Safely removing a USB device is a good business practice that all employees should adhere to, ensuring that data isn’t lost. If you have any questions about USB devices or other technological best practices, please contact us.

Published with permission from TechAdvisory.org. Source.

Topic Hardware
May 31st, 2012

One of the most commonly marketed features of computers is the processor. The only problem is that the information can be a little confusing, as there are literally hundreds of different processors available, each with some sort of special feature. There’s no need to be confused, in fact, picking a processor really comes down to three different choices.

The processor, or CPU, is arguably the most important hardware component. It’s responsible for telling the other parts what to do, much like your brain. The processor is also an integral component in determining how useful an electronic device will be.

Processors are ranked in terms of hertz, or more commonly gigahertz e.g., 2.5 GHz. This is the frequency they run at. Generally, the higher the speed, the better the performance. Three different manufacturers produce a vast majority of the processors available for purchase.

  1. Intel. Intel is the most popular and well-known maker of processors. Manufacturers like Dell, Apple, Samsung and HP all use Intel processors in their computers. Intel processors are the most stable and offer the best all-round performance. The current i3, i5 and i7 models represent entry, middle and high level hardware.
  2. AMD. AMD is Intel’s biggest competitor, offering processors that are similar to Intel's, but at a, for the most part, cheaper price. The majority of computer manufacturers, except for Apple, also offer products with AMD processors. AMD’s Athlon processors are budget models while Phenom and FX are mainstream and high level respectively.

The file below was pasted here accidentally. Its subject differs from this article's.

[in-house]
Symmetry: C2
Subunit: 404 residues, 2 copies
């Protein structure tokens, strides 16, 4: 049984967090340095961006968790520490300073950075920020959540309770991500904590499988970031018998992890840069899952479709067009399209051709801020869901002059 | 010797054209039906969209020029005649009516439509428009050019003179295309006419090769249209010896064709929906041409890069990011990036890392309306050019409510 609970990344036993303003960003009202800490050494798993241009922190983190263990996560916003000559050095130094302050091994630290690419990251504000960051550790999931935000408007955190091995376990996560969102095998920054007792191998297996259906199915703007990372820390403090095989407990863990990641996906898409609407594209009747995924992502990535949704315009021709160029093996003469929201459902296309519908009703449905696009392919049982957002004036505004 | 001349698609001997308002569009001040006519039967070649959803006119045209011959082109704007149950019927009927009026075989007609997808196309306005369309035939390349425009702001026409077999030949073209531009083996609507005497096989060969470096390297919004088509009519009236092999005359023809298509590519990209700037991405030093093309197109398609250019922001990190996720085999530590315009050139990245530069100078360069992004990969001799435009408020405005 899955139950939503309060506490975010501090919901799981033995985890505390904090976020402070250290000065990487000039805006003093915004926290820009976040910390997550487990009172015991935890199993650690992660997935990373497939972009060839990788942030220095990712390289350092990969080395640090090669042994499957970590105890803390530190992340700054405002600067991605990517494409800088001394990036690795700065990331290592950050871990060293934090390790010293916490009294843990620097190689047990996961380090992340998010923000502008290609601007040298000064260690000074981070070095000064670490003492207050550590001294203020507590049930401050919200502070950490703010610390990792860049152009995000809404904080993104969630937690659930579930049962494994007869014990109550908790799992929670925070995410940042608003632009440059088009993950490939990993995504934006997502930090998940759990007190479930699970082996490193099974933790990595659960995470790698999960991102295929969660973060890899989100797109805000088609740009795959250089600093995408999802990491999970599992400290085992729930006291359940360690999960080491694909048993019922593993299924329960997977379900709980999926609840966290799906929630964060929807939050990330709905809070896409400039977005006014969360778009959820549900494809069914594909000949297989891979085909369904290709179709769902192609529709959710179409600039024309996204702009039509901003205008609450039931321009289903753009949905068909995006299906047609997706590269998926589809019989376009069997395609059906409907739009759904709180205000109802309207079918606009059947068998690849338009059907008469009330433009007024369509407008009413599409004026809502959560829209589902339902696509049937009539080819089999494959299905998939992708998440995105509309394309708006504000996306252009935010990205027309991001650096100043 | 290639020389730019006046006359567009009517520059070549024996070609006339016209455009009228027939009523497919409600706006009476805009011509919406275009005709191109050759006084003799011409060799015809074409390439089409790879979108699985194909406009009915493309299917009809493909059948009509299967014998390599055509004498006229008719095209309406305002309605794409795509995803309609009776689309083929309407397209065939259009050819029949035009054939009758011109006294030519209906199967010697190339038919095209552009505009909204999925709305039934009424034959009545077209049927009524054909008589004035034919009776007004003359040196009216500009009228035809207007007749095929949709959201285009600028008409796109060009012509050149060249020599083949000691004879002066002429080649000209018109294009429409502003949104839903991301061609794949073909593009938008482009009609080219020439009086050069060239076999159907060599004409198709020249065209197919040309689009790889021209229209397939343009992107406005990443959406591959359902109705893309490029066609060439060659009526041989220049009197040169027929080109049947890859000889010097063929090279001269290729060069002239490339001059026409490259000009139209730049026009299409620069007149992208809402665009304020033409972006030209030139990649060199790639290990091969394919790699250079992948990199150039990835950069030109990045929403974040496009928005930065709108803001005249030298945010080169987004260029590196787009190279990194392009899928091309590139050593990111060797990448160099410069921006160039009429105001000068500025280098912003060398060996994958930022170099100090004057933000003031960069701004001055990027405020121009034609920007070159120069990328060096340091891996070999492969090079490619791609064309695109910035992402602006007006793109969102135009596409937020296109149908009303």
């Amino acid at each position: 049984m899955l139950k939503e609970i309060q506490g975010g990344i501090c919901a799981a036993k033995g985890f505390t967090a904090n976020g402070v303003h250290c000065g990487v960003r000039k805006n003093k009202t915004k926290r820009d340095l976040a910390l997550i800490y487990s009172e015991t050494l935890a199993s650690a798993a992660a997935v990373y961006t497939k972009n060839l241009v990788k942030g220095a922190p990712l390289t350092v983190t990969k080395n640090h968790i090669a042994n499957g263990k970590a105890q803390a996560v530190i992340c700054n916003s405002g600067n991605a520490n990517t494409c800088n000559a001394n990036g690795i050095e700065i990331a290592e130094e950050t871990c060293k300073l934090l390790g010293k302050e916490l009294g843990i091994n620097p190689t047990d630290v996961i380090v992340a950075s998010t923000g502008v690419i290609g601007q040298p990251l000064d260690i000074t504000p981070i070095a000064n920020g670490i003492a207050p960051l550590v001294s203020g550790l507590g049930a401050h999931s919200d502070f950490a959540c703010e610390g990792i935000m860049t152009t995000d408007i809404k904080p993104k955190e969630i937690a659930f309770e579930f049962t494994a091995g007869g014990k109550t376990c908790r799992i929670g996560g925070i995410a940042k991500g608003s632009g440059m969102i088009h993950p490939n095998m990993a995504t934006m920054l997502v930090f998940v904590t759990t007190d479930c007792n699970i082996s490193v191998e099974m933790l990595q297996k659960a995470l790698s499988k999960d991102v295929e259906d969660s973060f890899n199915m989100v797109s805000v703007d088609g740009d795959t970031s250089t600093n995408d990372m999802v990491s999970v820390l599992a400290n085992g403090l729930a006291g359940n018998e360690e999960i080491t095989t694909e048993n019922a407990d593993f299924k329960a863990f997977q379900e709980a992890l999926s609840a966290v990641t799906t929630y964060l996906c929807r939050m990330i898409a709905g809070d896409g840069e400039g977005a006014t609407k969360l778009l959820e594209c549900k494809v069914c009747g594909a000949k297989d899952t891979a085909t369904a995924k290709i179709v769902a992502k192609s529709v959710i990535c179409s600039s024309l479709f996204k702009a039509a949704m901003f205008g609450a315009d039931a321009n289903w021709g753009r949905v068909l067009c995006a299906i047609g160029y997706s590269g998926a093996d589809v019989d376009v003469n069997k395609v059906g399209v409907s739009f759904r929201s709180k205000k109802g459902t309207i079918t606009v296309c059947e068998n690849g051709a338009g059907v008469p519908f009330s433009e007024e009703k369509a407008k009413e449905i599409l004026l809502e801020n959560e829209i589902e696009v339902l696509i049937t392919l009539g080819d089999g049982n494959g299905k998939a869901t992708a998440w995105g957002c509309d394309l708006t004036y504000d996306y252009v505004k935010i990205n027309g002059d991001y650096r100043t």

3. ARM. ARM processors are generally used in smartphones, mobile devices and tablets. Apple’s iPhone and iPad; Samsung’s Galaxy line and HTC devices all use some form of ARM processor in their mobile devices. A rule of thumb is, if it doesn’t have AMD or Intel in the name, it’s most likely an ARM processor.
When you’re looking for a new computer, it’s important to pay attention to the processor, as it will ultimately determine what you can do with the computer. If you’re ready for a new computer, and are unsure of solutions open to you, please contact us.
Published with permission from TechAdvisory.org. Source.

Topic Hardware
March 9th, 2012

Keep your laptop in good shape and extend its life over the long term with these useful and practical tips.

Despite the growing popularity of smartphones and tablets, nothing beats the personal computer for general, all-purpose computing. But even so, many people today still prefer a portable computing device to one tied to a desk—thus explaining the popularity of laptops over desktop computers.